Temasek’s China investments continue to suffer while new bets on chip makers TSMC, Nvidia unrewarded

·4-min read

Temasek Holdings continued to suffer from its steadfast view on China’s outlook last quarter as Covid-19 lockdowns inflicted losses on its stock holdings from Alibaba Group Holding to Didi Global. New bets on Taiwan Semiconductor Manufacturing Company and Nvidia also flopped.

It incurred at least US$532 million of erosion in the value of American depositary shares in 10 Chinese companies during the first three months of the year, according to its 13F report late Monday. Overall, the value of its portfolio declined by about US$4 billion from the end of 2021.

The Singapore state investment firm maintained its stake in Alibaba and bought additional shares in ride-hailing group Didi Global, biotech firm BeiGene, and e-commerce operator Pinduoduo, the regulatory filing showed. The three stocks tumbled by 21 per cent to 50 per cent in New York during the quarter, according to Bloomberg data.

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Chief Investment Officer Rohit Sipahimalani. Photo: Handout
Chief Investment Officer Rohit Sipahimalani. Photo: Handout

The struggle underscores the crisis caused by China’s hardline zero-Covid strategy, which has led to a full lockdown in Shanghai and 40 other municipalities and provinces responsible for about 30 per cent of national output.

Investors are worried that the market has become “uninvestable” amid factory shutdowns, supply-chain disruptions and delisting risks. An aggressive US policy tightening has also fanned a stock sell-off this year.

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“[China] is one of the fastest-growing large economies,” Temasek’s chief investment officer Rohit Sipahimalani said in a Bloomberg TV interview on May 4. “You cannot not be invested in China. There is a clear intention from the government to revive growth.”

Temasek declined to comment on an email request from the Post.

The MSCI China Index, which tracks 744 Chinese firms, slid 14 per cent last quarter, erasing US$1.4 trillion in market value in one of the most volatile trading months when prices swung by more than 10 per cent on some days. The Nasdaq Golden Dragon China Index slumped over 21 per cent in the same period.

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China’s economic challenges have prompted Swiss private bank Union Bancaire Privee to exit the market in March, while the world’s biggest money manager, BlackRock, cut its bullish view on Chinese stocks and bonds on May 9.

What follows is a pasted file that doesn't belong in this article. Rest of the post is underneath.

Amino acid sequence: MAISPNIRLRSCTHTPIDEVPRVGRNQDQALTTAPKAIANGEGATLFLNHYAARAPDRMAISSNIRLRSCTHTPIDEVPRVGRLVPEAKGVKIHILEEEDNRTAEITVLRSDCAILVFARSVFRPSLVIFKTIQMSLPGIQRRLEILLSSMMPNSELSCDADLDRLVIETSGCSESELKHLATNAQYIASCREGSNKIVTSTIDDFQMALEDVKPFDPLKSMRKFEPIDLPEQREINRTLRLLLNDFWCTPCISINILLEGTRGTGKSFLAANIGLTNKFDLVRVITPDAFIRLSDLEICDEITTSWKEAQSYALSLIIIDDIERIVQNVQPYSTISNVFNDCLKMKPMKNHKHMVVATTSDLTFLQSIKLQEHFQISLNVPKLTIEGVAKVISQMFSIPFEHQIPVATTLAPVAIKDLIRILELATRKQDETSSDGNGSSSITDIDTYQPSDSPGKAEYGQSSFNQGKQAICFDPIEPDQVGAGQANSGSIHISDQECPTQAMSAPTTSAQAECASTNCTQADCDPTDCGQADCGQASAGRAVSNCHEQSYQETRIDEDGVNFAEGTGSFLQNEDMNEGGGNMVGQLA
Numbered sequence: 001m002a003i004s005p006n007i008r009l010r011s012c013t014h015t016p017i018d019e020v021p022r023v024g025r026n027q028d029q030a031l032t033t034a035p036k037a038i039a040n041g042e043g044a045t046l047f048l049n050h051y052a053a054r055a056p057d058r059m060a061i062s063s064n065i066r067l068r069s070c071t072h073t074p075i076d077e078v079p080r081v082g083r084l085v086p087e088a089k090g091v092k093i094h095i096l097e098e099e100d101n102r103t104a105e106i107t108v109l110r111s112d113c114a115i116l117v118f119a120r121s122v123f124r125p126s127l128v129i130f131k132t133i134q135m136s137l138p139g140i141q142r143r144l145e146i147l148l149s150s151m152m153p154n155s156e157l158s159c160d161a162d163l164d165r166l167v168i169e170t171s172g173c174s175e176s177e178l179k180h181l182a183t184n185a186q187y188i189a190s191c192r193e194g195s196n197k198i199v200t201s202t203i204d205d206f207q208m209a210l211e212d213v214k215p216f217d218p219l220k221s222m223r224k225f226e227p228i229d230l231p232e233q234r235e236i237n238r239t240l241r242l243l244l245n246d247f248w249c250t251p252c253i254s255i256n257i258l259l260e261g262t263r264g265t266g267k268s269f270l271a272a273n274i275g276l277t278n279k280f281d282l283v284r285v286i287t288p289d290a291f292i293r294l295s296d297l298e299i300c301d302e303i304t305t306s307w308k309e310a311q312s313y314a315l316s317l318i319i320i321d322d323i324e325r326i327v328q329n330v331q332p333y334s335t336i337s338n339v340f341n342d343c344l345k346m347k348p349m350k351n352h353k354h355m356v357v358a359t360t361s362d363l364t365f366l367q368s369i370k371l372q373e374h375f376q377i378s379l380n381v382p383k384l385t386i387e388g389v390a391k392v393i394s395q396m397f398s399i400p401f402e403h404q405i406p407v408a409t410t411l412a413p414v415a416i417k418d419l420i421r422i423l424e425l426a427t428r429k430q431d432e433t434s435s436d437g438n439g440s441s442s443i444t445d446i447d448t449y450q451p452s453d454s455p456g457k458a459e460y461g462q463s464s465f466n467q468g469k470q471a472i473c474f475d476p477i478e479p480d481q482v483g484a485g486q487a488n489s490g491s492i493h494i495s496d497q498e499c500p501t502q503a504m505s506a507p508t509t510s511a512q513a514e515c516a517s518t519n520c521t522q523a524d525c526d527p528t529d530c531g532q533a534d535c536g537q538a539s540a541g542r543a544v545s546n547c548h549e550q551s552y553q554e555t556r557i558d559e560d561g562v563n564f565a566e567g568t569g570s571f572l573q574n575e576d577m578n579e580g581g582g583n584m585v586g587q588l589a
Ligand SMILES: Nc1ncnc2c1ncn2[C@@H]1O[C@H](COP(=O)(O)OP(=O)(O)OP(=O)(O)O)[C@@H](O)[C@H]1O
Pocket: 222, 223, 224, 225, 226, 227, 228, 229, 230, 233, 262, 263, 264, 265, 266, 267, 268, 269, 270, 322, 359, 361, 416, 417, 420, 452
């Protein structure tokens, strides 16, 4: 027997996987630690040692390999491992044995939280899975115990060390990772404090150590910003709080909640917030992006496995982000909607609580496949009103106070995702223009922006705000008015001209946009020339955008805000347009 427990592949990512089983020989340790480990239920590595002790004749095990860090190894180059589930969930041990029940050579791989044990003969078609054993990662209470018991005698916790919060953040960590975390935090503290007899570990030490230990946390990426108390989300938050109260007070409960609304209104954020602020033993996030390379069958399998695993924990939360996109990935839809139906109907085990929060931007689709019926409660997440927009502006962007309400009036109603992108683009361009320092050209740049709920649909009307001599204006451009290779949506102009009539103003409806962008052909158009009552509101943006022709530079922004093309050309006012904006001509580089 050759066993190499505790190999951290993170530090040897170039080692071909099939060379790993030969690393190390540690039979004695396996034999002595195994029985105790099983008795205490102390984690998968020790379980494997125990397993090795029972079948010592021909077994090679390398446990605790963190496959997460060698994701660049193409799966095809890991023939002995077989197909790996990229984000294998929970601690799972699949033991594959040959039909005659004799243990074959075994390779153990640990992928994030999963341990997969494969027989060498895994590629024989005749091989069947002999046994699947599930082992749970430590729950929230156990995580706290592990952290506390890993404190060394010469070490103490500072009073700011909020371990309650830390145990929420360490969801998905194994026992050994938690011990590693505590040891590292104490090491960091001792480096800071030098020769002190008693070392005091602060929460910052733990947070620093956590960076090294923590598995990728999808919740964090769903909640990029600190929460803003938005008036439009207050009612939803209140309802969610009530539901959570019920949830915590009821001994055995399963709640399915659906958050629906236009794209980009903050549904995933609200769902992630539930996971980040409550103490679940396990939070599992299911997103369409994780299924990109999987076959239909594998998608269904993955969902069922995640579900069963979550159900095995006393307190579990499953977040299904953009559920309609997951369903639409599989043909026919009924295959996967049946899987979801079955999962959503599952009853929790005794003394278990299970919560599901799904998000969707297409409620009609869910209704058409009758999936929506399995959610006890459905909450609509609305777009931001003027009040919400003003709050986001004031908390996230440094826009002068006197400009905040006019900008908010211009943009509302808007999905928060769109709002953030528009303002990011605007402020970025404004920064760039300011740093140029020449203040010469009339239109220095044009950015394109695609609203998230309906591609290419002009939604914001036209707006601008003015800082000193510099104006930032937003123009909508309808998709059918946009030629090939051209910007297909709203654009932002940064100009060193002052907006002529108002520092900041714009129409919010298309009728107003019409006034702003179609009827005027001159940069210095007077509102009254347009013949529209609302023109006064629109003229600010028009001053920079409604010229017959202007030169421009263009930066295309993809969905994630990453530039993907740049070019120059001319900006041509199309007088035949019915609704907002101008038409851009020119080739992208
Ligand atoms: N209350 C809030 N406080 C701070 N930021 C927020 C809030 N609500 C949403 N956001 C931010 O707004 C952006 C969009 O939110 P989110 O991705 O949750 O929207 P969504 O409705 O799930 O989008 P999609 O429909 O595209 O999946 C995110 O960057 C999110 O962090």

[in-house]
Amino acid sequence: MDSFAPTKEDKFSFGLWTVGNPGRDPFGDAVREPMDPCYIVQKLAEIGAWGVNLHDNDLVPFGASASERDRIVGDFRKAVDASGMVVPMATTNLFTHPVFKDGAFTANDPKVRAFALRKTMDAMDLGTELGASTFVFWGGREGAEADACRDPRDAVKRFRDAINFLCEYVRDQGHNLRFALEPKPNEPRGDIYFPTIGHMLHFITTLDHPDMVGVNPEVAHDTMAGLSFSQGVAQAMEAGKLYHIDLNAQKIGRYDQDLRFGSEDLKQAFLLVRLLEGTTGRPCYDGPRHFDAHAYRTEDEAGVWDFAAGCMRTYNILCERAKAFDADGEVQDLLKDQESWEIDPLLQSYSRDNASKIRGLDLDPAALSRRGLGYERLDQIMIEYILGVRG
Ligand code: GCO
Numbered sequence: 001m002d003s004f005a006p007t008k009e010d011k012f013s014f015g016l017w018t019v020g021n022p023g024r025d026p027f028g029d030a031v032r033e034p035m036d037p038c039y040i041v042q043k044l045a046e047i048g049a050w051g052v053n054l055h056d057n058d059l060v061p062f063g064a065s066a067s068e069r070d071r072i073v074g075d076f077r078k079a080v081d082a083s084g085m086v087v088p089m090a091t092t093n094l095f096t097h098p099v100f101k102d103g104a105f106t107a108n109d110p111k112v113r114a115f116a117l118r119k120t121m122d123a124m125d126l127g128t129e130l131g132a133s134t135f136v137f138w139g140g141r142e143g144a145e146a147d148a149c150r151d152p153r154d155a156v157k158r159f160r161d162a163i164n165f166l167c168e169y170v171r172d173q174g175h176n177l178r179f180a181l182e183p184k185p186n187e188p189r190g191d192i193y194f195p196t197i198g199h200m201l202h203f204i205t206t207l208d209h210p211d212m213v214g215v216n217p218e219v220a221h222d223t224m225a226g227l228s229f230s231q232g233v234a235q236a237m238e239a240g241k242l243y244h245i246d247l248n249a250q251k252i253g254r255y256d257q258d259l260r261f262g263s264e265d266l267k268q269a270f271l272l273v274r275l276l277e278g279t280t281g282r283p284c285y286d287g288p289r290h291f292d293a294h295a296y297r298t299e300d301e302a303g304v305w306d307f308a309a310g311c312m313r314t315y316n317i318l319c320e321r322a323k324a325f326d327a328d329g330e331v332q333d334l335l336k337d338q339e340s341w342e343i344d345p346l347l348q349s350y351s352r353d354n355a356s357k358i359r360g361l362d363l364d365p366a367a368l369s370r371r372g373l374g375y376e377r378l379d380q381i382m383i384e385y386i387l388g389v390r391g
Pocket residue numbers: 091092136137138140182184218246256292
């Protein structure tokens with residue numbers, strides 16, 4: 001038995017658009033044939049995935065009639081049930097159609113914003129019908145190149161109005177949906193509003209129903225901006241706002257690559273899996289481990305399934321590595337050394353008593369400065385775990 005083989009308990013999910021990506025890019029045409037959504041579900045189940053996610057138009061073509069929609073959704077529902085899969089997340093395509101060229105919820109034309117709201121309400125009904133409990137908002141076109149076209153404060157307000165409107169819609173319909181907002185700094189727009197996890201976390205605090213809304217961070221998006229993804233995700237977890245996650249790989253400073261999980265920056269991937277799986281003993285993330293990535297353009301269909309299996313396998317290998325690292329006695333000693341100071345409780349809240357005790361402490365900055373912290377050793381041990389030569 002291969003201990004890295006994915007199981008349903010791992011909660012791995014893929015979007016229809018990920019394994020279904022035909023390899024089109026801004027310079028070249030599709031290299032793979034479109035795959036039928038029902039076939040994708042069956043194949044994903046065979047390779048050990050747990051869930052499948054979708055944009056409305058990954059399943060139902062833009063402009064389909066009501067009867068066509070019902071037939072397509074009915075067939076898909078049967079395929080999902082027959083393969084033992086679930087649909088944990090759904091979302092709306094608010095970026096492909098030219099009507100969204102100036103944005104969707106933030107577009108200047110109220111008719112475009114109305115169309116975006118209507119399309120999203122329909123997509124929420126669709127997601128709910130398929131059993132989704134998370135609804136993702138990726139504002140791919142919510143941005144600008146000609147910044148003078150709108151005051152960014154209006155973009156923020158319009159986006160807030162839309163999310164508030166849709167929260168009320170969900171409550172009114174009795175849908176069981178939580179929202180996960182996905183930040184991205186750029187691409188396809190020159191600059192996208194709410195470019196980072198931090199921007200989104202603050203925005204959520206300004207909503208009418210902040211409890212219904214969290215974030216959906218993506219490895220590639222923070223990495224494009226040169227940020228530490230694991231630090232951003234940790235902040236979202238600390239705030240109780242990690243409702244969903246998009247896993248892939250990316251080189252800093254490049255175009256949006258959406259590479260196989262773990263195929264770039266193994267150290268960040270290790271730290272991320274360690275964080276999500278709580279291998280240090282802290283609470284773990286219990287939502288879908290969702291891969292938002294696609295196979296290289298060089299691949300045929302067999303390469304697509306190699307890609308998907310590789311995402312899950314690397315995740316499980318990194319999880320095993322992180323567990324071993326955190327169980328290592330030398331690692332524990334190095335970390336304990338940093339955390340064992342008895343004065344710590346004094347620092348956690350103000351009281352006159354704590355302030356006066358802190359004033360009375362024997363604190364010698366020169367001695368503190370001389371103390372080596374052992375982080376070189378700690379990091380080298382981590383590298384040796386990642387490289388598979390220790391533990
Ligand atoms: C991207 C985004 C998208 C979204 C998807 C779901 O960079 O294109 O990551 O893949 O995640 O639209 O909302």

Elsewhere, the Singapore state investor made new bets in the chip sector amid a global supply shortage, picking up shares in semiconductor giants TSMC and Nvidia at US$104.26 and US$272.86 each on average, according to the 13F filing. The stocks recently traded at about US$90 and US$173, respectively.

Among Singapore-based targets, Temasek retained its stake in Grab Holdings which shrank by US$36 million in market value. Its holding in Sea Ltd fell by US$81 million despite having boosted its ownership by about 48 per cent.

On a whole, Temasek has been rolling back some of its China bets made in 2021 after taking a big knock. The firm inadvertently stepped into a regulatory landmine by picking up Chinese education and technology stocks and participating in Didi Global’s stock offering in the second quarter, just before a trillion-dollar drubbing in Chinese tech stocks at home and abroad.

It cut losses on these stocks by the third quarter, exiting Baidu, Kanzhun, TAL Education, New Oriental Education Technology. Throughout 2021, Temasek added holdings in BeiGene and Pinduoduo, while making new bets in e-commerce giant and biopharmaceutical firm I-Mab.

In the first quarter, Temasek listed holdings in 96 global companies including, Starbucks and Visa with a combined market value of US$23.7 billion on March 31, according to its filing. The firm’s portfolio of 95 companies was pegged at US$27.7 billion on December 31.

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